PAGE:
Campaign flyer from Joe’s first Chapel Hill Town Council race, 1979

About Joe

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Chapel Hill, N.C., United States
Joe Herzenberg was born June 25, 1941, to Morris & Marjorie Herzenberg. His father owned the town pharmacy in Franklin, N.J., where Joe grew up. After he graduated from Yale University in 1964, Joe went to Mississippi to register voters for Freedom Summer. He joined the faculty of historically black Tougaloo College, where he was appointed chair of the history department. Joe arrived in Chapel Hill in 1969 to enroll as a graduate student in history at the University of North Carolina, and, along with his partner Lightning Brown, soon immersed himself in local, state, and national politics. Although Joe’s first campaign for the Chapel Hill Town Council in 1979 was unsuccessful, he was appointed to the Council to fill a vacant seat and served until 1981. In 1987, he was elected to the Council, becoming the former Confederacy's first openly gay elected official. Joe died surrounded by friends on October 28, 2007. He was 66 years old.

Sunday, October 16, 1994

Post-Bag: Faulkner

Washington Post, Oct. 16, 1994


By Michael Dirda

LAST month a desperate Dorothy Stokeley cried out for help, plaintively requesting advice on how to appreciate the work of William Faulkner, especially Absalom, Absalom! Loyal Faulknerians have ridden, or rather written, to the rescue. Several, including William C. Slattery (Washington) and Joseph Herzenberg (Chapel Hill, N.C.), recommend Edmond Volpe's A Reader's Guide to William Faulkner.

Monday, October 10, 1994

Lecturer to argue against gay rights

The News & Observer, Oct. 10, 1994, Page B6

CHAPEL HILL -- Just last weekend, the Gay and Lesbian Alliance sponsored a conference at Chapel Hill High to promote greater sensitivity of the hardships and pressures faced by gay students.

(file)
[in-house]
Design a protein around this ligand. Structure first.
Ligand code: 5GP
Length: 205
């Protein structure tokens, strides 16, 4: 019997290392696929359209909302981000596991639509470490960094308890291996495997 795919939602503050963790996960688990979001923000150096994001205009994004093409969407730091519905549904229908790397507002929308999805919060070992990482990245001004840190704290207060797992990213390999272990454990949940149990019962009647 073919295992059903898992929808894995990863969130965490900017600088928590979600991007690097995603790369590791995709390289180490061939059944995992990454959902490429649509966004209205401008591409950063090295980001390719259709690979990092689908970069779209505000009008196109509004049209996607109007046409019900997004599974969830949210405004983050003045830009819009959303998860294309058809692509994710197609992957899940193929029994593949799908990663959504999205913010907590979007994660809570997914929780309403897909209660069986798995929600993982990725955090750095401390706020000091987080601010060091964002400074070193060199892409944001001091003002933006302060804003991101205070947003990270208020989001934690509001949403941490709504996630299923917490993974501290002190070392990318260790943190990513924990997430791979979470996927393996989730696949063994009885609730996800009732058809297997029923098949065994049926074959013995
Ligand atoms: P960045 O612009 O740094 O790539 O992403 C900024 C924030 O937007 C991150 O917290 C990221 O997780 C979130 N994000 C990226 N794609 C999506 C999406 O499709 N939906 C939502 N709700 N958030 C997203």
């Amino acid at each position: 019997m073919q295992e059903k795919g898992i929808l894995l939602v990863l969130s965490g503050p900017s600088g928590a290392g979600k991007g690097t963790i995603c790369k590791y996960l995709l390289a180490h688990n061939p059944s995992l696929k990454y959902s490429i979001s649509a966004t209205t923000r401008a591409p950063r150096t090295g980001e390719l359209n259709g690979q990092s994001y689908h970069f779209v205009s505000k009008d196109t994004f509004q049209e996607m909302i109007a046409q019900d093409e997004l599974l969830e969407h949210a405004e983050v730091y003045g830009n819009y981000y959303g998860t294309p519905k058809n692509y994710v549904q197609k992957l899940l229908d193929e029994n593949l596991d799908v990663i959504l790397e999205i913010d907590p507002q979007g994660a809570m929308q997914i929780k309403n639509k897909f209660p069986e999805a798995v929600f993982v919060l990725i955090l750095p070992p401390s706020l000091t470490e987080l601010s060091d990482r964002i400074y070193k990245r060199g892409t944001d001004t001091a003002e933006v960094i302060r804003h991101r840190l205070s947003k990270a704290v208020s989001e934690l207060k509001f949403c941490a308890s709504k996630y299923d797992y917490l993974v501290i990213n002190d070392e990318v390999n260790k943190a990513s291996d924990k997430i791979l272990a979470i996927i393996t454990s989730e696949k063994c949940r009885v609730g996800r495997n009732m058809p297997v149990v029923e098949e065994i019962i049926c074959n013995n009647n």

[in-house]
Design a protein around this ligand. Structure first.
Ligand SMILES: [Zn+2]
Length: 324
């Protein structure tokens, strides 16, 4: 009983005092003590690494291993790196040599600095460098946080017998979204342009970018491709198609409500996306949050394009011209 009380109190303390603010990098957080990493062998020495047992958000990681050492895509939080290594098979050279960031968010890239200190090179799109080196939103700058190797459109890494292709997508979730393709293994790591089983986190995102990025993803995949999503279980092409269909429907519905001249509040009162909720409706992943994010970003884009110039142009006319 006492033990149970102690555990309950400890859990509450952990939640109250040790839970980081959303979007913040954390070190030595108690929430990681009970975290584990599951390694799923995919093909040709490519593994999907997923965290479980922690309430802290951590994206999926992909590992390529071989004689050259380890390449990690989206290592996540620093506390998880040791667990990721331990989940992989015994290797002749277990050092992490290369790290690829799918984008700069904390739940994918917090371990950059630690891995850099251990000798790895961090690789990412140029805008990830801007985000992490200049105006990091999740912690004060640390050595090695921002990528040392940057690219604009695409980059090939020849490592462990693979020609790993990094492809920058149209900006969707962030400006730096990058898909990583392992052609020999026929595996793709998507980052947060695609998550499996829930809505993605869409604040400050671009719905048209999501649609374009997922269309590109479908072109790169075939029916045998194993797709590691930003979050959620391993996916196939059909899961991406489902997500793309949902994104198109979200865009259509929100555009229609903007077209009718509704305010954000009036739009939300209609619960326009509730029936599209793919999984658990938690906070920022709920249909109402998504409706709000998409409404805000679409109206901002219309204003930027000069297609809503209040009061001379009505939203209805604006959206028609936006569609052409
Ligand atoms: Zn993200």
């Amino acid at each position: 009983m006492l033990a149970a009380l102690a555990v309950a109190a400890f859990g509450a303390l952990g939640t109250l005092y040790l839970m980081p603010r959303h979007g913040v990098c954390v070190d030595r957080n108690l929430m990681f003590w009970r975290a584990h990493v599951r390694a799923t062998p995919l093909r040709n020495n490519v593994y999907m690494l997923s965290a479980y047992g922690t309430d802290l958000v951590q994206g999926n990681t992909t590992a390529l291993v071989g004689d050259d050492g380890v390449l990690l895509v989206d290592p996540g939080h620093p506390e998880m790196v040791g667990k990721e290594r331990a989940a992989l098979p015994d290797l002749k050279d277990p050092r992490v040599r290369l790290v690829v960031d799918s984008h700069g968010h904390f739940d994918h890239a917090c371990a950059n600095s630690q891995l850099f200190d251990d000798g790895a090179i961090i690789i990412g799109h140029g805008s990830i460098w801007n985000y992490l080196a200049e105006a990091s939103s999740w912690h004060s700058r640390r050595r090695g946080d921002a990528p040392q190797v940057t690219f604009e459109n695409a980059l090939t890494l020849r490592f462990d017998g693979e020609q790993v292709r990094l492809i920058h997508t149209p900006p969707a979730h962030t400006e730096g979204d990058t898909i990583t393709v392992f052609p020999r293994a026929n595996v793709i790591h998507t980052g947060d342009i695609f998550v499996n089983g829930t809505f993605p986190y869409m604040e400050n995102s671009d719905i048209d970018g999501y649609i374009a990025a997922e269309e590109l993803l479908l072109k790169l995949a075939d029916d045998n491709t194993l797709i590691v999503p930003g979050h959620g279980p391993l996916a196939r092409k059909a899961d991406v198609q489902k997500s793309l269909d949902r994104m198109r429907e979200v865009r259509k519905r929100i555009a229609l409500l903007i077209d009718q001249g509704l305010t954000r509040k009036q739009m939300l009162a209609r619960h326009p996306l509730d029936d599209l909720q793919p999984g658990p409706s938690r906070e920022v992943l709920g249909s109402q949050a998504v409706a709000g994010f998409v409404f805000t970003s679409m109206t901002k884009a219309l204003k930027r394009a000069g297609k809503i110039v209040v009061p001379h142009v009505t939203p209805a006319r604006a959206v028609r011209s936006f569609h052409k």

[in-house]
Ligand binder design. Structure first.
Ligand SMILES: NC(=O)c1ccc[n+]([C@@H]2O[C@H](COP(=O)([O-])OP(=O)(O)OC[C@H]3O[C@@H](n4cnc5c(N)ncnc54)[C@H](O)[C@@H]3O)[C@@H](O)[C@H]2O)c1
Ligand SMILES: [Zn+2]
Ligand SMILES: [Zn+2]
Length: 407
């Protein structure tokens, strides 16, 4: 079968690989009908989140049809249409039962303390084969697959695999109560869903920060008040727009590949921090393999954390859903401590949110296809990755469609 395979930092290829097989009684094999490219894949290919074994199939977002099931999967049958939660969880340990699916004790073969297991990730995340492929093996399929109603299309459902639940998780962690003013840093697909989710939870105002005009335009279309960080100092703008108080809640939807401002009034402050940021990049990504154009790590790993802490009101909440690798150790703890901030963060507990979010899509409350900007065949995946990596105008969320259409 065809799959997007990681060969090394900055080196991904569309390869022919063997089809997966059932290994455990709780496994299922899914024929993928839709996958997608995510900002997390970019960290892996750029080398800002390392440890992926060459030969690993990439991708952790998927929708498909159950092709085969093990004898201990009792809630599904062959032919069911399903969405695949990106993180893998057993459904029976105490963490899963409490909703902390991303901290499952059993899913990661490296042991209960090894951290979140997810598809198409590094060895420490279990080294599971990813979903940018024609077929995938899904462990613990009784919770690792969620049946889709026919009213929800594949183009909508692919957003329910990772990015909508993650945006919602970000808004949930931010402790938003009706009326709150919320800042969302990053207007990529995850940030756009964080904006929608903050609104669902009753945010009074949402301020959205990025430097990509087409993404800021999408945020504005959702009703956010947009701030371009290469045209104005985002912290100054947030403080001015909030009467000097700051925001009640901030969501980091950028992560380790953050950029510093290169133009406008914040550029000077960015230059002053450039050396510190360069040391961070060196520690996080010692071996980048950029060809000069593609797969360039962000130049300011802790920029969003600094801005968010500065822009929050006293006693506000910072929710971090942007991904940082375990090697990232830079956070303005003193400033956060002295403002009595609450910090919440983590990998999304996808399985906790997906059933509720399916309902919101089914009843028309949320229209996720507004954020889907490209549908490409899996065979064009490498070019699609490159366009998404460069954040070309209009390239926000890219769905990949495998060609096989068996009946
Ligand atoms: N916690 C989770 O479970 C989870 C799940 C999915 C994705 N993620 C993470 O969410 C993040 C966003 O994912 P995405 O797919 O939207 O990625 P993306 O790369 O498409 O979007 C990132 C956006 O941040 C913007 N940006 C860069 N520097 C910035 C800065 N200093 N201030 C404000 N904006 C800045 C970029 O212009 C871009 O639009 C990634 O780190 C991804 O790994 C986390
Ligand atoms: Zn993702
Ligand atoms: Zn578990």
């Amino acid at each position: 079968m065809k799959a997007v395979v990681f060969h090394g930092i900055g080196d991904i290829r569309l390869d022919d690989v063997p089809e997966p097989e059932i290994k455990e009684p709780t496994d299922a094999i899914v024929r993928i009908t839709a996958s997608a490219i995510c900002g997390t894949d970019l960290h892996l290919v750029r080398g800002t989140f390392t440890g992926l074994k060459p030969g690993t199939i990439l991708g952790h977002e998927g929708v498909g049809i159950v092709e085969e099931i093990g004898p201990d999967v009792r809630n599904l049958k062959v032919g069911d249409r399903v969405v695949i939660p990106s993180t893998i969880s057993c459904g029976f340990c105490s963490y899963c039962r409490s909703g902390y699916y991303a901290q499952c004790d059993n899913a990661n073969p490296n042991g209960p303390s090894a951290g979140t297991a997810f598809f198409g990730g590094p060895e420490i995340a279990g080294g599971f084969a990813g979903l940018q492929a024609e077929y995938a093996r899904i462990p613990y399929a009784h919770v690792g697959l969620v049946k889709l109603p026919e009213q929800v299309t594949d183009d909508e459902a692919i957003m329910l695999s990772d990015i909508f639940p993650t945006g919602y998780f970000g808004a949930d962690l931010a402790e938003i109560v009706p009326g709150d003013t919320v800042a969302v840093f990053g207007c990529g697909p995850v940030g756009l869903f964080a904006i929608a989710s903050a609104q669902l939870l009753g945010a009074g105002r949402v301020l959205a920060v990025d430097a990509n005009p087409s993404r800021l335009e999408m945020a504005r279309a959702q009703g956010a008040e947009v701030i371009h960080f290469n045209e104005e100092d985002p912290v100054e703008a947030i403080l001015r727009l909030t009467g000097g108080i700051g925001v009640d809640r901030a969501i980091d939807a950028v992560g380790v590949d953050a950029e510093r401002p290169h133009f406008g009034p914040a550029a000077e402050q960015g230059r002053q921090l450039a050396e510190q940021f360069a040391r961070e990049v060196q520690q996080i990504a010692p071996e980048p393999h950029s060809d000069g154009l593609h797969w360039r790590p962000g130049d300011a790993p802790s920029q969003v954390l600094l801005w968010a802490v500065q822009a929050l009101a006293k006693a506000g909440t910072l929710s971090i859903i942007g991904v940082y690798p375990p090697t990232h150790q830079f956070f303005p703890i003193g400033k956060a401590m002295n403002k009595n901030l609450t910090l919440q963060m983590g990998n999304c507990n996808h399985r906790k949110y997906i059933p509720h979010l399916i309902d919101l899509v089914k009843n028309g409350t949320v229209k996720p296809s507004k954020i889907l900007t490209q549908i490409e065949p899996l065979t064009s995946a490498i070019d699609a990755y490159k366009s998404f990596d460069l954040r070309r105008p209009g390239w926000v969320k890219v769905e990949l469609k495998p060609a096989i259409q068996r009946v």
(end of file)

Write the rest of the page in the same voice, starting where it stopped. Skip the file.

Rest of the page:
Tonight, it's equal time for the conservatives. Bill Horn, who travels the country's Christian speaker circuit, will lecture on "The Gay Agenda in America and the Public Schools" at 7 p.m. at Phillips Middle School on Estes Drive. He wants to push gays back into the closet.

The Christian Coalition of Orange County invited Horn, a sportscaster who is more famous for his anti-gay videos than his baseball coverage.


"I think in this political climate in Chapel Hill, Carrboro and even the whole county, that sort of opposition is likely to backfire," said Joe Herzenberg, the first openly gay elected official in the state. "It offends people so much I don't think it's effective."

Horn's organization, The Report, produced "The Gay Agenda" last year.

The video consists of interviews with former homosexuals, medical experts and clips from gay pride parades showing men strutting half-naked down city streets or dressed up as women, gesturing obscenely.

The video drew national attention when conservative activists used it to build opposition to gay rights ballot measures and to President Clinton's proposal to drop the ban on gays in the military. Since then, Horn and his small production company, have produced several other anti-gay videos, including one
on the public schools.

"When you talk about homosexuals, you don't just get the attorneys and school teachers," he said. "You get the transvestites, the people from ACT-Up, the QUEERs, SLUTs. Unfortunately, the other ones are not in leadership positions. If you have such good decent people, why aren't they stopping the people going in those parades?"